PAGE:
Blogs > The Best of Don Seeley's Columns

Former Mercury sports editor Don Seeley passed away in June 2013 from a heart attack. For more than a decade Seeley wrote about local sports. Featured here are his columns that were previously printed in The Mercury.

Monday, June 16, 2008

Brobst keeps perspective, even in defeat

ALTOONA — Bruce Brobst has never been known to throw a curve. He’s very straightforward, honest, always positive … perhaps a little too nice at times.

And even though no one would have blamed Spring-Ford’s head coac h for being a little out of character after Friday’s setback to Canon-McMillan in the PIAA-Class AAAA state final, he still hadn’t changed one bit.

“That’s a very good baseball team over there,” Brobst said, nodding toward the first base dugout where the Big Macs were celebrating their 10-2 win.

There were, of course, plenty of sad faces. But no one — not even the coach — was offering any excuses.

“We didn’t lose this game, (Canon-McMillan) won this game,” Brobst said.

The Rams couldn’t put the finishing touch on a season that was at one time going absolutely nowhere. They were barely over the .500 mark going into the final week of the regular season and had little if any hopes of getting an invite to the district playoffs.

But then came two pivotal wins over Pottstown and Upper Perkiomen … and the Rams turned the spring into one of the most thrilling and — despite Friday’s lopsided score — most successful in the school’s 53-year history .

Mind you, the baseball program has been a hit in the past. Back in the late 50s, shortly after the jointure, there were a couple of

teams loaded with talent, but neither a league nor playoff system of any sort to showcase it. Some still remember a few teams from the 60s and early 70s that were oh so similar.

Finally, in 1988, the Rams won a District 1-AAA title and swung their way into the state semifinals only to lose a shootout in Shippensburg.

In the ensuing 20 years, more teams left their mark in the Pioneer Athletic Conference … but a small mark and, for the most part, forgettable one in the postseason.

But Brobst and his lineup of unsung Rams — as well as a few old-timers who still recall those baggy, wool uniforms, the late “Coach” McNelly pacing in front of the bench with his fungo bat and the Washington Street Field — may remember this season for a long, long time.

“(Losing) today hurts, but appreciating what we accomplished this season, that’ll come,” Brobst said. “You have to put it in perspective. We finished second in the state, and coming from where we’ve come… The memories are already created. We’ll never forget them.”

Not likely.

There were, believe it or not, better teams in the PAC-10. There were, believe it or not, better teams in District 1.

But batting averages, ratios for this and that, earned run averages, and won-loss records don’t necessarily measure up to success. There is an overlooked aspect in baseball — in all games — called desire.

The Rams, who at times this spring could’ve turned in the uniforms, enjoyed the waning weeks of the school year and looked ahead to the summer break, didn’t quit.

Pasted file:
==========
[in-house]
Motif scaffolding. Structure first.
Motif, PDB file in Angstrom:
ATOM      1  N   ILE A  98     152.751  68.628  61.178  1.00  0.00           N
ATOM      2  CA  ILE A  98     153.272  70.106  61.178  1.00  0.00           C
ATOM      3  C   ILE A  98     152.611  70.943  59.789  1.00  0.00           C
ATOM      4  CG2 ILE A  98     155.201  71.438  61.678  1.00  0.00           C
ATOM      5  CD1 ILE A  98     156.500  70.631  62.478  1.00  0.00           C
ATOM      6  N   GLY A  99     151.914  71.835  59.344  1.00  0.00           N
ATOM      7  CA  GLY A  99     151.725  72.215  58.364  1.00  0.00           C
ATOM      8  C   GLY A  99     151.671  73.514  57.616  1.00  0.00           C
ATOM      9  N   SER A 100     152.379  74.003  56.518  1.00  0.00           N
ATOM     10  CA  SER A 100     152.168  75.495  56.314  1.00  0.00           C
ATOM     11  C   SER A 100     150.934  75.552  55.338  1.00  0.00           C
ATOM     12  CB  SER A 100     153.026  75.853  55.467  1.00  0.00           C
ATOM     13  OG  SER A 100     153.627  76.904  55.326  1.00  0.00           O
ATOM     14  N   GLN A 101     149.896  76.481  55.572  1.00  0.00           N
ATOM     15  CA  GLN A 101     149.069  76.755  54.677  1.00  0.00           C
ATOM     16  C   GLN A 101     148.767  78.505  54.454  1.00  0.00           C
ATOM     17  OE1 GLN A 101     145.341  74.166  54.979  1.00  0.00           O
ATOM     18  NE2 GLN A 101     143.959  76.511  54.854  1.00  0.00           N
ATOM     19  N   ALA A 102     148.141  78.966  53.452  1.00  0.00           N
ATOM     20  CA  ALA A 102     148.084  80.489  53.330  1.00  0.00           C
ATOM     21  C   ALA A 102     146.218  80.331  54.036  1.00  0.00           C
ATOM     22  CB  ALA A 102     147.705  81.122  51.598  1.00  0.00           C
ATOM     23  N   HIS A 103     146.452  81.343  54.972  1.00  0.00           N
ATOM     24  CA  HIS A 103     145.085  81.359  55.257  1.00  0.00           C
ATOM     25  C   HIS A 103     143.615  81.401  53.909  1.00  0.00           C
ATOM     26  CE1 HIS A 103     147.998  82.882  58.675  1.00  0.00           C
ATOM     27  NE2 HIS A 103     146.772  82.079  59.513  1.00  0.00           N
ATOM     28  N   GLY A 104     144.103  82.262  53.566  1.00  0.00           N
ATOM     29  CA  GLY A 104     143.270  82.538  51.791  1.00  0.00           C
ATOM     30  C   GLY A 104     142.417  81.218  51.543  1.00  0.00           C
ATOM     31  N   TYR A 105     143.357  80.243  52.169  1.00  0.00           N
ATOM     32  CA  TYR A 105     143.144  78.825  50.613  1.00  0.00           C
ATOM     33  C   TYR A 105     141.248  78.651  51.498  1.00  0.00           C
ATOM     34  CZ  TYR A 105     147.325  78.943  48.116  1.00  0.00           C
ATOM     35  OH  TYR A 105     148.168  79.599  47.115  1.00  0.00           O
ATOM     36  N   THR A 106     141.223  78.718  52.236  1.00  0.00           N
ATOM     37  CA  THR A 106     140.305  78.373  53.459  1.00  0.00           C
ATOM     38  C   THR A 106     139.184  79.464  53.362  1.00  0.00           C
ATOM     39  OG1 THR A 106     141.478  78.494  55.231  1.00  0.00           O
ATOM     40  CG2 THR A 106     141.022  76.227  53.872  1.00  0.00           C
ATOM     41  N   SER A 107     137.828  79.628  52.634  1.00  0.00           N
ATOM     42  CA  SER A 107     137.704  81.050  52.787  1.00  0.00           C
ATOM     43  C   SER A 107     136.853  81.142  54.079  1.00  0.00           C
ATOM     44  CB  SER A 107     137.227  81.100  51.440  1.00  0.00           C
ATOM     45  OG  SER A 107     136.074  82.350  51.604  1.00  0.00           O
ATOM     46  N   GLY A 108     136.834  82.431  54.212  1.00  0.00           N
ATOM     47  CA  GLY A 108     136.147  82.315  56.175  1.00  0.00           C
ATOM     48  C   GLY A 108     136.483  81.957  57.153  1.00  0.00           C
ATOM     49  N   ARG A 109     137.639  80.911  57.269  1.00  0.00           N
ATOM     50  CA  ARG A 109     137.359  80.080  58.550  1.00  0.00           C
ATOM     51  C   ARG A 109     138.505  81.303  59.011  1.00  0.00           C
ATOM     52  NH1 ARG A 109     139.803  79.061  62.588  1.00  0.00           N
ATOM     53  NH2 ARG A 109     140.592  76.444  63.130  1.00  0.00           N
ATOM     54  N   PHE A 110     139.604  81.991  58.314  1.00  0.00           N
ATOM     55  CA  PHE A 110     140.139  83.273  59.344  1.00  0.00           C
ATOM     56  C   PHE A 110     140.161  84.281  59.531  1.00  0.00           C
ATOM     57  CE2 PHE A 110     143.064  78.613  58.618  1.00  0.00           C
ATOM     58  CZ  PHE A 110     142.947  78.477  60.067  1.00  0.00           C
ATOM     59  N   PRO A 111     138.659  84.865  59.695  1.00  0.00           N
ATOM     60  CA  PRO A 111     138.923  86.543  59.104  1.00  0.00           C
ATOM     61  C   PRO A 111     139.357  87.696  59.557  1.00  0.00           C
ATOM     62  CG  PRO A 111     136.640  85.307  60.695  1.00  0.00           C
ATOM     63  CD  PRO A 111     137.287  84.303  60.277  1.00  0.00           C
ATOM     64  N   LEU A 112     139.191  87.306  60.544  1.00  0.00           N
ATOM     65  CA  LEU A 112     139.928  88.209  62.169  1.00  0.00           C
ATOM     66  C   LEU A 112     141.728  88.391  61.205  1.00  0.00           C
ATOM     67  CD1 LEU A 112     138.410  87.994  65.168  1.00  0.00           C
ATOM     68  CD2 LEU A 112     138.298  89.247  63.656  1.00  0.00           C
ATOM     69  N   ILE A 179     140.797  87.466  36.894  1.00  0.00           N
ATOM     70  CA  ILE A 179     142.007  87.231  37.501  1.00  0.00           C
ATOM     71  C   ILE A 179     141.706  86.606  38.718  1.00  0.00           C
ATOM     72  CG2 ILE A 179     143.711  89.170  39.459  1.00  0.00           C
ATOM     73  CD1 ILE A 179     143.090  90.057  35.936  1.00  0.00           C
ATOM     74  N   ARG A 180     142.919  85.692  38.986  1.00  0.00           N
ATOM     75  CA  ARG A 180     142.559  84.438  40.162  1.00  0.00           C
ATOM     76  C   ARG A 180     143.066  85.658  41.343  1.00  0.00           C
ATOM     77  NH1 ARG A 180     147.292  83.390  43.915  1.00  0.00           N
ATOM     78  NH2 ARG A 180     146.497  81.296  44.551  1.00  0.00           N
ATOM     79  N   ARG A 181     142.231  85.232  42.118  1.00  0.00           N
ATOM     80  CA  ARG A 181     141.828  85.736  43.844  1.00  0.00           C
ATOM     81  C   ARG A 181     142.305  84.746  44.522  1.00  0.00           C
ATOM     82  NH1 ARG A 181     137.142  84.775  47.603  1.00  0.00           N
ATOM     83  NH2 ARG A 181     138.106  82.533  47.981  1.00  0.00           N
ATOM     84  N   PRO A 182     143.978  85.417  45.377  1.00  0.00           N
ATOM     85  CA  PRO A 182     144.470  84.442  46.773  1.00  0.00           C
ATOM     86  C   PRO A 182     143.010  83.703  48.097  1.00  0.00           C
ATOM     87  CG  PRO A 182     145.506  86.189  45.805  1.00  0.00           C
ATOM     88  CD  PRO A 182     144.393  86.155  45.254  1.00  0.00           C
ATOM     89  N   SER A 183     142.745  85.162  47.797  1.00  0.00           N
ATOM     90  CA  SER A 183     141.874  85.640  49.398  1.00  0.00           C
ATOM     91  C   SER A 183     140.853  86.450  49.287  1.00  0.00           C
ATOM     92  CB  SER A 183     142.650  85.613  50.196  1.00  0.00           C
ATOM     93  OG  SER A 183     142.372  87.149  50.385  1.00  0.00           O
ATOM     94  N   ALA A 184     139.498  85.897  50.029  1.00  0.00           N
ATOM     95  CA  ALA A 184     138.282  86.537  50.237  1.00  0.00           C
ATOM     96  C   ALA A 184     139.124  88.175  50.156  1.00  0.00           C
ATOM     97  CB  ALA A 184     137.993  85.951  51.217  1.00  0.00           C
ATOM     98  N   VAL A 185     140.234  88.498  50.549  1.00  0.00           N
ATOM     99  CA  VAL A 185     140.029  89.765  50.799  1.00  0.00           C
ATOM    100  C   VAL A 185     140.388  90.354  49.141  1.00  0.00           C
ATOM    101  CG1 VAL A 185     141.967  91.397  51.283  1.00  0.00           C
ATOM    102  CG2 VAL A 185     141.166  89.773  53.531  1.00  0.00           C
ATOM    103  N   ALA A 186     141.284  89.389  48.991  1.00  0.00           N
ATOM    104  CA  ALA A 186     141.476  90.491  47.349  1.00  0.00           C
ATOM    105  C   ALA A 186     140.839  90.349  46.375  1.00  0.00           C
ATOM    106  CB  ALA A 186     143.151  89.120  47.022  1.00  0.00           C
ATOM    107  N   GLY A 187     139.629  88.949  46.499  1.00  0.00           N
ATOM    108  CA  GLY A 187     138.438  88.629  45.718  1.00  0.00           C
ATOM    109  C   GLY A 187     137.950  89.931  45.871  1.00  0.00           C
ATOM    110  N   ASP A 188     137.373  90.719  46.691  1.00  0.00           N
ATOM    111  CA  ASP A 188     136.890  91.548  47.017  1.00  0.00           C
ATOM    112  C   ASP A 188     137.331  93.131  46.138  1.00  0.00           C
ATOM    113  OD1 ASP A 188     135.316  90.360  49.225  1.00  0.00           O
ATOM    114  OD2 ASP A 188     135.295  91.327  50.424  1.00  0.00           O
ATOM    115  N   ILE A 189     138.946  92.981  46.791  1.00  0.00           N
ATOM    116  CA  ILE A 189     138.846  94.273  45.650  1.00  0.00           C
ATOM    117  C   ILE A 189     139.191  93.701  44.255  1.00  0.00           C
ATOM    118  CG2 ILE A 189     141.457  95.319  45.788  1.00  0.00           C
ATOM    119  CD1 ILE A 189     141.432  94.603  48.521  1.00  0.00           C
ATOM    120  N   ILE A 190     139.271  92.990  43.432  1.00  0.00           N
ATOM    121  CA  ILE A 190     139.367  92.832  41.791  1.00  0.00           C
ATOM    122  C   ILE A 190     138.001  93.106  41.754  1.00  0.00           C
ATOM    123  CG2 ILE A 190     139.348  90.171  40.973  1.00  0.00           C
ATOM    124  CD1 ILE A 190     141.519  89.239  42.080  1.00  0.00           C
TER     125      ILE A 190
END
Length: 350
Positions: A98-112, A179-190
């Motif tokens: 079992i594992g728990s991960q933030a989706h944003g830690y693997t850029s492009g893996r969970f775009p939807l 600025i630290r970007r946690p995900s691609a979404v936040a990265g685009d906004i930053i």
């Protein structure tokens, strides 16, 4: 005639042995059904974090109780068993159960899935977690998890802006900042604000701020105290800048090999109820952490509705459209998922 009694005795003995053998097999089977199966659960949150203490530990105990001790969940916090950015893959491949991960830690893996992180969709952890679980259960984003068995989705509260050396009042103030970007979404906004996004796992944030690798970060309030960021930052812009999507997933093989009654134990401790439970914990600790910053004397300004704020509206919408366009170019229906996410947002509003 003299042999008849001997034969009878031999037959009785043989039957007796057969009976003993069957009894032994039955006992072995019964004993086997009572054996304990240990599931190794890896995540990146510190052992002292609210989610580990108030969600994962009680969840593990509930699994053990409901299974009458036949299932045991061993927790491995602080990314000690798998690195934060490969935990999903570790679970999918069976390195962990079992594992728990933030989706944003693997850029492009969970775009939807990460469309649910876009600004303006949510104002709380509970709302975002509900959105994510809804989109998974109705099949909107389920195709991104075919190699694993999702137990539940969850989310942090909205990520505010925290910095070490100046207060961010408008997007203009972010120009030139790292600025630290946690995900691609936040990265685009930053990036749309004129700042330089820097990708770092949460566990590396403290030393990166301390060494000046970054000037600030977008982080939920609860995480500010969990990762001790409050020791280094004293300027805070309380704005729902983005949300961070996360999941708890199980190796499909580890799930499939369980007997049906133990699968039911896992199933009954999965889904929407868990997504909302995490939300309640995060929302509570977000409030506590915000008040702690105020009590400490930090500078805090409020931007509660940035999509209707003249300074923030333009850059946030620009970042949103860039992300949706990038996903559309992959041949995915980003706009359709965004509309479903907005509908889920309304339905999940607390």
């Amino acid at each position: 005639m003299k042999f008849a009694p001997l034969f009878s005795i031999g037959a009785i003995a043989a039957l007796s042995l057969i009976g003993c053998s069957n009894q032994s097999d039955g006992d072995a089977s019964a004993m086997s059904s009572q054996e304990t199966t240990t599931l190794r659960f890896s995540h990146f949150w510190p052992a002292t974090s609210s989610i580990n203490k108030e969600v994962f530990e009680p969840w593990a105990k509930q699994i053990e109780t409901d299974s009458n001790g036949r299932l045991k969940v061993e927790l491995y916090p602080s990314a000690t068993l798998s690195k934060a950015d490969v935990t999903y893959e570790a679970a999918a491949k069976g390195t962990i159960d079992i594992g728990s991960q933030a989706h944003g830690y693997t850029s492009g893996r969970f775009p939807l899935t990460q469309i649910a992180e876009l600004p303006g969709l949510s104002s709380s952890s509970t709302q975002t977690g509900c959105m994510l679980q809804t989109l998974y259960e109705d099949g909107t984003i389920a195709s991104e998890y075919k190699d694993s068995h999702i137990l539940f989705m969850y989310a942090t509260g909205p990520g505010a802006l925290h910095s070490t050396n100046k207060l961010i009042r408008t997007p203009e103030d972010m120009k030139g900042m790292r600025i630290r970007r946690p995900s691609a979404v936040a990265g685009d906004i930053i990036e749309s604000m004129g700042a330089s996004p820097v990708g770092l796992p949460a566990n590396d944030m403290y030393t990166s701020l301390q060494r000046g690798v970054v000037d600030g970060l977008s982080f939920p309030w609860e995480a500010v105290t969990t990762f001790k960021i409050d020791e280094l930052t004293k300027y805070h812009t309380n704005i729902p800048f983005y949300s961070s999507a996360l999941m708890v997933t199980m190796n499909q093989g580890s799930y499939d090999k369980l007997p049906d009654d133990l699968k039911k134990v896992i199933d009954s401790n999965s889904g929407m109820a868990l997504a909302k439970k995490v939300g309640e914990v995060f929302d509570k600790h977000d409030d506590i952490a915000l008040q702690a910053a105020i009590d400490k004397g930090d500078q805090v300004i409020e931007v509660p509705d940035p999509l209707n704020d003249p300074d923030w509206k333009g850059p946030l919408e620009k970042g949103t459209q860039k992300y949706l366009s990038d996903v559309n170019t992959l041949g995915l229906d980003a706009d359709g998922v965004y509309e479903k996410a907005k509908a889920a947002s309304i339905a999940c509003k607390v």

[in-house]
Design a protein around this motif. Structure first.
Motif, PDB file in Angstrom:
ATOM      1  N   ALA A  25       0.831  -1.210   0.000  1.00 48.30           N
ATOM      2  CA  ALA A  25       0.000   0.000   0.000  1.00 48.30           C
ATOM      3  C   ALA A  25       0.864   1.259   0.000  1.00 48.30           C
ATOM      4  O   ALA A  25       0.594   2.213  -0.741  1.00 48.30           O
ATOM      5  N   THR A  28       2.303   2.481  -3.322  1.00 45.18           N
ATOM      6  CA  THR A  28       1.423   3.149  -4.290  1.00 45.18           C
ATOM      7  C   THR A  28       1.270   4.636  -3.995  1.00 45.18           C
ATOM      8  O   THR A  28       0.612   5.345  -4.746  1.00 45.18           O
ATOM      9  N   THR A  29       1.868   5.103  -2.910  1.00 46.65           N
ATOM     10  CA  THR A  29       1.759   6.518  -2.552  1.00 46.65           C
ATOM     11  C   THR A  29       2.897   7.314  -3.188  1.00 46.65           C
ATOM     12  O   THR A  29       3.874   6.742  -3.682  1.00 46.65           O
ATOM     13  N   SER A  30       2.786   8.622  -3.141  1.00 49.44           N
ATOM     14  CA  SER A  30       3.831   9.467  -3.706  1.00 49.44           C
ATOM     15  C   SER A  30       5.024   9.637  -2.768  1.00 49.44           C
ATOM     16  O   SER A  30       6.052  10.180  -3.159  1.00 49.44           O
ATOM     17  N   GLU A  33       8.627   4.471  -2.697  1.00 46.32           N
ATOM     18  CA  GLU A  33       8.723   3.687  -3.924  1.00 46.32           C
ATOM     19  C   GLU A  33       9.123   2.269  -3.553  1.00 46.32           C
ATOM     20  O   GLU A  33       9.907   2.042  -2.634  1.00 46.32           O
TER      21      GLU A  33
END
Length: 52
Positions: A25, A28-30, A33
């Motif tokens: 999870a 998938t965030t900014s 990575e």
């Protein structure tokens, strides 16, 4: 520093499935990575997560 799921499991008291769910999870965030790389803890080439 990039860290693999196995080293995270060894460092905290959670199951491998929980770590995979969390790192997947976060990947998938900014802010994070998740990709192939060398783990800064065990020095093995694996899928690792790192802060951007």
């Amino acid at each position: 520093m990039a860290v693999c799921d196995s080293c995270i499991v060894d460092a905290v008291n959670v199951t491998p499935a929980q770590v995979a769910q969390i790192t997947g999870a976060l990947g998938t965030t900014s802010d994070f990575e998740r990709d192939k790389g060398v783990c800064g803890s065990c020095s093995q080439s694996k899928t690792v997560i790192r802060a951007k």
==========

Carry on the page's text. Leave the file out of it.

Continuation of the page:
They didn’t quit when they were tinkering with the .500 mark back in early May. They didn’t when they fell behind game after game after game in districts. They didn‘t when they fell behind game after game after game in the state tournament.

They refused to give in … until the final out Friday.

“We never did (quit), but we just couldn’t finish this,” said senior Jason Ferrie.

“Second in the state … that’s not too bad,” added senior Zak Tupper. “It doesn’t feel good right now, but someday I’m sure it’ll be a good feeling.”

As Brobst alluded to.

“These guys have nothing to be ashamed of,” he said. “They worked hard, and they never once quit. It would’ve been great to win this one, but what a season.”

* * *

Brobst admitted that going out in the second inning to pull Ferrie was hard to do.

“Jason’s been outstanding,” Brobst said. “I hated to go out there and take the ball from him, but I knew I had to do it.”

Ferrie, a southpaw who finished 10-4 on the season, went into Friday’s final with a 4-1 record, just 13 walks against 47 strikeouts and 2.68 earned run average in the postseason. Some questioned why he was back on the mound after throwing six innings in Monday’s semifinal rout of Hempfield. But he had the same three-day rest as he did prior to the outing against Hempfield.

“Going with Jason was a no-brainer,” Brobst said. “(Canon-McMillan) just hit the ball, give that team the credit.”

“I felt fine,” Ferrie said. “This was a little easier coming back today (that last week on the same three-day rest) because I threw a lot less pitches on Monday.

“I just didn’t have my velocity. I had to work my spots better, but it just didn’t work out. That team just smoked the ball.”

* * *

Spring-Ford graduate Paul Gadzicki was the home plate umpire for Friday’s first game, the Class AA final between Loyalsock and Burrell. … Spring-Ford pitcher Trevor Sasek’s parents had to be feeling a little bit at home. Sasek’s father grew up near Canon-McMillan, while his mother grew up just outside Altoona. … District 7 was represented in the first three finals on Friday - Burrell in AA, Canon-McMillan in AAAA, and Carmichaels in A.